To see the whole coastline of the island, the best and only way is to take an organised boat excursion or hire a boat (available with or without skipper). Most tours circle the island with breaks for swimming, with a stop at Lingua. Highlights include views of Pollara from the sea, where as well as the bay, sights include a large rock arch, one of Salina’s chief landmarks. Some boat trips combine Salina with Lipari, and other organised excursions visit the other Aeolian islands, including the favourite island activity of visiting Stromboli in the evening to witness volcanic eruptions after dark.
When to visit
Like most Italian islands, Salina is at its best in May and June when the landscape is green, flowers are at their peak, the weather is usually reliably warm, and most tourist services are up and running. July and August are Italy’s summer holidays and even peaceful Salina suffers under the onslaught of mass tourism. Temperatures can be sweltering too, although sea breezes make the islands more comfortable than mainland Italy. September is often hot at the beginning of the month, leading into stormy weather, but early autumn can still be a good choice for travel as the islands settle into a quieter mood with the grape harvest as a local highlight. Salina hotels typically open from Easter to October and prices will be cheaper outside peak travel times. The island buses tend to operate a ‘winter’ timetable from September till June, with less frequent services, which is a slight drawback if you’re relying on public transport.
Where to stay on Salina
Where to stay on Salina depends upon your budget and priorities. For convenience of ferries, transport and shops and for a livelier atmosphere, Santa Marina is the best choice. Rinella too has both charm and ferry connections. Lingua is an appealing base for a summer break right by the sea, with a cheerful touristy seaside character and its little handful of waterfront bars and restaurants. Lovely Malfa is an excellent choice for fans of the peaceful and the picturesque, though it should be noted that, despite its beach and fishermen’s hamlet, it feels more rural than seaside-y. My favourite base was Malfa, possibly because it has been the most recent. I had already explored the island on previous visits though, and enjoyed the sea at Lingua, so I wasn’t a typical first-time visitor, but felt able to relax and sink into the charmed atmosphere of the green village.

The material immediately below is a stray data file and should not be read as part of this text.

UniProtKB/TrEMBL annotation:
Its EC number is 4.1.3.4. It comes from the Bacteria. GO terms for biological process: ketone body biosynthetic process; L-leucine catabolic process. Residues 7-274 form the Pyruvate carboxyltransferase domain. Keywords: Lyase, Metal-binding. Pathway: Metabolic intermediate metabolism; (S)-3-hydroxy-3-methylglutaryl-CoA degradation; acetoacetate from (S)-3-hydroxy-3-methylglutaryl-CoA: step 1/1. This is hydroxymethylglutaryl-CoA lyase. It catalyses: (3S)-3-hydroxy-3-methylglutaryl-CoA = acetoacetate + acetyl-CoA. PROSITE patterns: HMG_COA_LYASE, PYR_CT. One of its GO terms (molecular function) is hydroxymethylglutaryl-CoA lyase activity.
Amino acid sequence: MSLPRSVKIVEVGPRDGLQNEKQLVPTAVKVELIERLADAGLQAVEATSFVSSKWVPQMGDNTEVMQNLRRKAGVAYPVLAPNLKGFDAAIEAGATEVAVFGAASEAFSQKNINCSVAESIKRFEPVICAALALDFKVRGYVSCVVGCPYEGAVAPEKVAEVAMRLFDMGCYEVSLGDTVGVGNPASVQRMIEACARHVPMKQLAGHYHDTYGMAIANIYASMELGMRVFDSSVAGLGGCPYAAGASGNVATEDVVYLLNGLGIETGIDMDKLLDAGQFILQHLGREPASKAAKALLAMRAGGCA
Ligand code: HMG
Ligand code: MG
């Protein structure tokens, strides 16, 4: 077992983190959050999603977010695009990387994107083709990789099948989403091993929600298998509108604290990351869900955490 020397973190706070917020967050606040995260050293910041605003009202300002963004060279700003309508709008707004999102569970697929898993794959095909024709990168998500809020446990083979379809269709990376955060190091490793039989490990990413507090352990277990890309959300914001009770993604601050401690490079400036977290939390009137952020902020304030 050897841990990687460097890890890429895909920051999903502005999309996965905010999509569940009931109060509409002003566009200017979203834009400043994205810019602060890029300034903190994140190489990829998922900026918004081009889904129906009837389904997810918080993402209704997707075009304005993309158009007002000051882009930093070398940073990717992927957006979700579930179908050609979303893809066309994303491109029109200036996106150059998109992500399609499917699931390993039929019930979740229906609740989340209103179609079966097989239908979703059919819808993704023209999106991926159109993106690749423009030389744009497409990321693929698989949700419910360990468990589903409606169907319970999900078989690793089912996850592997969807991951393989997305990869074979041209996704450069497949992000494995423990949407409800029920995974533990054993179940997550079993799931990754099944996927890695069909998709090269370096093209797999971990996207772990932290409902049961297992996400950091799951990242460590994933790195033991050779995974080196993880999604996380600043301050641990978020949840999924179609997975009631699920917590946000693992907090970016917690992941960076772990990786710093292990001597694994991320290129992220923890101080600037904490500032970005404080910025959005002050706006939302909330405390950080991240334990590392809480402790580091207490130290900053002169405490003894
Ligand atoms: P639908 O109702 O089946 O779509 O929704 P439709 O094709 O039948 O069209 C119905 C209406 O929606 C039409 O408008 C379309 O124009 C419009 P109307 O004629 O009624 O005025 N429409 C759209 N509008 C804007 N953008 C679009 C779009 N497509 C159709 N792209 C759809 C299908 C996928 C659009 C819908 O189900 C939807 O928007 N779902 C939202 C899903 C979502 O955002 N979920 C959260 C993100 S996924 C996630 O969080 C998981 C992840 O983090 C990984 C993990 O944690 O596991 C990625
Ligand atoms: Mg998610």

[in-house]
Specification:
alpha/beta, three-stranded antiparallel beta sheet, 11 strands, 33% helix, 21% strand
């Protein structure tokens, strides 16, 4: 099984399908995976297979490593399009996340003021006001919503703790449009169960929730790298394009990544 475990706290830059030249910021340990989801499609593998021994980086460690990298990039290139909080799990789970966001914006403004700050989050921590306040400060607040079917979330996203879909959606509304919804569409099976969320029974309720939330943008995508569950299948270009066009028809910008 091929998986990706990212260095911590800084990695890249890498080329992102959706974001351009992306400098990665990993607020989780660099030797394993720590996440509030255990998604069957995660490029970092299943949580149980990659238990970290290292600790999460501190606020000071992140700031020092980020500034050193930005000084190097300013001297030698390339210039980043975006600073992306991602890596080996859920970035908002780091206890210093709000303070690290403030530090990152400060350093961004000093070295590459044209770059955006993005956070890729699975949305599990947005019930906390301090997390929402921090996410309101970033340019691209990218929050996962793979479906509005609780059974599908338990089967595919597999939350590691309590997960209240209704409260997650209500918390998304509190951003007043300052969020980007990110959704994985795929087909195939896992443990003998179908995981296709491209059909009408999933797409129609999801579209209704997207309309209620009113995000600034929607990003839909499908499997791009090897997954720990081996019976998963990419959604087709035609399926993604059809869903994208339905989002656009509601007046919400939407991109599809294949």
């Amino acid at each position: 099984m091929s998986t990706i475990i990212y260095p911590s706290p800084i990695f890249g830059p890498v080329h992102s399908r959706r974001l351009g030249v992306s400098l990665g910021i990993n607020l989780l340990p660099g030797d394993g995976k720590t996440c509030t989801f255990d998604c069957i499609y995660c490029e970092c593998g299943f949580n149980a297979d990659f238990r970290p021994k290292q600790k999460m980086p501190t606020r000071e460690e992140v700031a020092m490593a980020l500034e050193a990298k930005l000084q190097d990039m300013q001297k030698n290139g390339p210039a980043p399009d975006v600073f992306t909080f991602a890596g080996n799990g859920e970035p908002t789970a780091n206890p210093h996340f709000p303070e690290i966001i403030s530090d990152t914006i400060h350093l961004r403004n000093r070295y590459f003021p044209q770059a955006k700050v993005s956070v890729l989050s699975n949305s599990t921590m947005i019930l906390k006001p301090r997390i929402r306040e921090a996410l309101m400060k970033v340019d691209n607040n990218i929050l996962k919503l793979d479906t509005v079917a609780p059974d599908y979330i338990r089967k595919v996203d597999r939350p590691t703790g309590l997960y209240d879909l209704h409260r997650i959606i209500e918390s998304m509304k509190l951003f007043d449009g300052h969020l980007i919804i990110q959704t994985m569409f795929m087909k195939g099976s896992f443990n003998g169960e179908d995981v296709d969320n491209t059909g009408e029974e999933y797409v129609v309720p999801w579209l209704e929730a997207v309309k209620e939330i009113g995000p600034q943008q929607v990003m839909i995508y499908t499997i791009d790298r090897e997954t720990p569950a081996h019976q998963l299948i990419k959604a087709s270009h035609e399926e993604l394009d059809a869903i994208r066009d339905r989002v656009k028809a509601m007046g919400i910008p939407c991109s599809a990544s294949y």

In Malfa I stayed at Hotel Punta Scario, which has an unmatchable location perched right over the cliffs and has lovely nooks and terraces to relax and enjoy the views. More expensive, and tucked away among greenery nearer the heart of the village are Hotel Ravesi and Hotel Signum, two classy options pioneering upmarket low-key tourism here. Even if you’re not staying there, Hotel Ravesi is worth visiting at aperitivo time for a drink in the garden bar accompanied by nibbles. There are also a number of popular and welcoming B&B and apartment options including ‘A Alera Room & Breakfast.
In Lingua my choice was Hotel A Cannata, where the simple bedrooms have external access from little courtyards and lanes. It’s just yards from the waterfront restaurants and the sea; I wandered out after dinner to sit on the sea wall and watch the moon rise.
Although the villages are diverse, if you stay for a few days on Salina you’ll be likely to visit all of them, and while each would give a different mood to your holiday if chosen as a base, if you think you’d like the green, unpretentious charms of Salina, you will probably enjoy an excellent holiday wherever you choose to stay.
Travel to Salina
You can find more information on reaching the Aeolian islands from Sicily, Italy and other countries on the Aeolian Islands homepage. Salina is the third port of call for most hydrofoils from Sicily, so it is one of the easiest and quickest of the islands to reach. It is always important to check ferry timetables closely in advance of travel – times can be irregular. If you have time to spare and are travelling at a suitable time of day/day of the week, it can be enjoyable to take a slower car ferry with outdoor decks offering views. In the summer there are lengthier services from Naples which call at Salina. The principal port for the island is Santa Marina Salina, but some ferries call at Rinella, so if you are staying in Rinella or Leni, this will be a more convenient option, subject to timetables.
Taxis can be caught at a rank by the port, or ordered in advance – hotels are very helpful at arranging transfers. There is a bus stop very close to the port in Santa Marina Salina. The bus route is described above, and timetables are available online (see links panel on the right). You can pay the driver for single or return fares, or buy an abbonamento of 12/40/60 single journeys. If you’ll be catching several buses in a day, ask about a ‘giro dell’isola’ (a day ‘island circuit’) ticket.
As always when visiting islands, bear in mind that high winds and stormy seas can lead to the cancellation of hydrofoil services and also, less often, of the larger ferries which shuttle between the islands. It’s advisable to travel with a flexible attitude and be prepared for disruptions. If you run into difficulties with ferries, island hotels are knowledgeable and efficient at sorting out travel arrangements, so call ahead for advice.
On this site
Useful external links
Salina bus timetables (under orari)